Feature

A flurry of reports and recommendations could change the face of human subjects research. Several projects are aimed at reworking the current system by rewriting the regulations, better educating researchers and institutional review boards (IRBs), and standardizing the system. Below is a summary of some of the major projects under way:

  • IRB accreditation. Two organizations are moving to begin to accredit IRBs using a process much like the one that accredits university and college departments. The Institute of Medicine has endorsed standards created by the National Committee for Quality Assurance (http://www.ncqa.org/Programs/QSG/VAHRPAP/vahrpap.htm) to accredit Department of Veterans Affairs human subjects research. Meanwhile, the Association for the Accreditation of Human Research Protection Programs (AAHRPP) has drawn up accreditation standards and hopes to begin pilot accreditation soon (http://www.aahrpp.org). APA, through its Board of Scientific Affairs, is monitoring AAHRPP's effort with an eye toward ensuring that special provisions are made for reviewing behavioral research, and that AAHRPP does not create an added layer of bureaucratic hoops that would delay the timely approval of research protocols even further.

  • National Bioethics Advisory Committee (NBAC) report. NBAC released its report on "Ethical and Policy Issues in Research Involving Human Participants" last October to positive reviews. One of its main recommendations is that there be a single set of regulations for human subjects research regardless of whether the research is publicly or privately funded. In addition, the report emphasized the need for IRBs to better distinguish "minimal risk" research. In terms of informed consent, the report emphasizes that IRBs should be more concerned with how well prospective study participants understand what they're agreeing to than with the form of documentation used to obtain consent. However, NBAC was a committee created under President Clinton, and President Bush has shown little interest in pursuing the committee's recommendations (to view the report see http://bioethics.georgetown.edu/nbac/).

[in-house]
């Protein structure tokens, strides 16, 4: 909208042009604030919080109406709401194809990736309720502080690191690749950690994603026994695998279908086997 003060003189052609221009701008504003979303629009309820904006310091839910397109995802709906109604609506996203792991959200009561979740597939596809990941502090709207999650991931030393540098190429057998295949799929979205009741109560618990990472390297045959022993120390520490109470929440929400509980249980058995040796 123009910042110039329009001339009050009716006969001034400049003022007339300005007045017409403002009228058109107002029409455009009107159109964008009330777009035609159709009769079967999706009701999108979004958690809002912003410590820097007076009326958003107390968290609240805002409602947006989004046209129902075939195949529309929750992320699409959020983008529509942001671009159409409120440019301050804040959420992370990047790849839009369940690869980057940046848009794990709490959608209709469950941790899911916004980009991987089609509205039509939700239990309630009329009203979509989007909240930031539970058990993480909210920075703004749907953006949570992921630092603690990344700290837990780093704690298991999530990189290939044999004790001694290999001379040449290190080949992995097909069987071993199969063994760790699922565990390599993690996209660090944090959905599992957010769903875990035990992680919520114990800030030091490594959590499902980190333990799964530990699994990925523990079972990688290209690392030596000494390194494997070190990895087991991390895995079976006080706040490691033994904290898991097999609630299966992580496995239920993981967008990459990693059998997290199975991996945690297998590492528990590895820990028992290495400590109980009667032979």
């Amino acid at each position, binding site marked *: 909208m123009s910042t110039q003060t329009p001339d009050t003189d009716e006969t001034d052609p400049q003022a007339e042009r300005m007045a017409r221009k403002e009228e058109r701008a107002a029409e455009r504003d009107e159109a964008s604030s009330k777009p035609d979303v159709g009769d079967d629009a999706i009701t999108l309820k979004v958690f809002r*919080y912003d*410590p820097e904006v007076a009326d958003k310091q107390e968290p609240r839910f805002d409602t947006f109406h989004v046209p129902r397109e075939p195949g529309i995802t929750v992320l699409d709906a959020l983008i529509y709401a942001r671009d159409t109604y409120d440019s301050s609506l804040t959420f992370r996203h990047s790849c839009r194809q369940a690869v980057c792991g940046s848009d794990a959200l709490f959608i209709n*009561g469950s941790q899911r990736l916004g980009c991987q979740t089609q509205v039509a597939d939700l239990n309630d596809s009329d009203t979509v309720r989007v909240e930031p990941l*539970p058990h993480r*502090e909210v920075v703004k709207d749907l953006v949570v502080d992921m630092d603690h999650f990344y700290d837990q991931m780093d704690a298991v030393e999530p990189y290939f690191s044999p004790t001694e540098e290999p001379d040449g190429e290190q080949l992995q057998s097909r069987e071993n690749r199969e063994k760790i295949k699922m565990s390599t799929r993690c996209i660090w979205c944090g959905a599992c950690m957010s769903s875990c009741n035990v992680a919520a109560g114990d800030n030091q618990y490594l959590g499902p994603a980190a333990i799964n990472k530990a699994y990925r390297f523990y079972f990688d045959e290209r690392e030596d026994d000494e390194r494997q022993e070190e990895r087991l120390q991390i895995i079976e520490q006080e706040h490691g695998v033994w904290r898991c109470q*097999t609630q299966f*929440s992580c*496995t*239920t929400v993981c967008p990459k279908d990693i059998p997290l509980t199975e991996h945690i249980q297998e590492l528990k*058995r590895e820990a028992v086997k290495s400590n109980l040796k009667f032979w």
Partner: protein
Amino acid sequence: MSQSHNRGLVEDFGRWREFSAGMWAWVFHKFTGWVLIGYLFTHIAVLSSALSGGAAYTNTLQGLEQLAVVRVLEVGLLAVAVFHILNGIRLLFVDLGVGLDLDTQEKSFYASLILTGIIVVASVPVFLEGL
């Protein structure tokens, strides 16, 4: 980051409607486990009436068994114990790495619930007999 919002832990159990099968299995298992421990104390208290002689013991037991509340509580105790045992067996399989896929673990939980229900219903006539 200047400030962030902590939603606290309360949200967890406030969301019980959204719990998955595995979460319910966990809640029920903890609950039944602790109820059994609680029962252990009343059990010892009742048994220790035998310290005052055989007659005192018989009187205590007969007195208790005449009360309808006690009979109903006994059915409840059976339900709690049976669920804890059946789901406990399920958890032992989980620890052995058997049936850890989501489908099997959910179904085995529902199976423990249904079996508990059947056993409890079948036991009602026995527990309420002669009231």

• "Human Research Subject Protections Act." Rep. Diana DeGette (D-Colo.) and several colleagues have penned a bill that would implement a series of changes in large part based on the NBAC report. In particular, the bill includes better matching of regulations to the level of research risk, tightening the monitoring of ongoing research and strengthening IRBs. They introduced the bill in 2000, but it went nowhere. They planned to reintroduce it this session, but at press time that had not happened.

  • Educating IRBs and researchers. APA's Board of Scientific Affairs is creating an educational packet for IRBs, university administrators and researchers that discusses how regulations on human subjects research pertain to behavioral research, the special issues that arise when reviewing such research compared with biomedical research and "best practices" for how researchers and IRBs can work together to facilitate the research review process.

--B. AZAR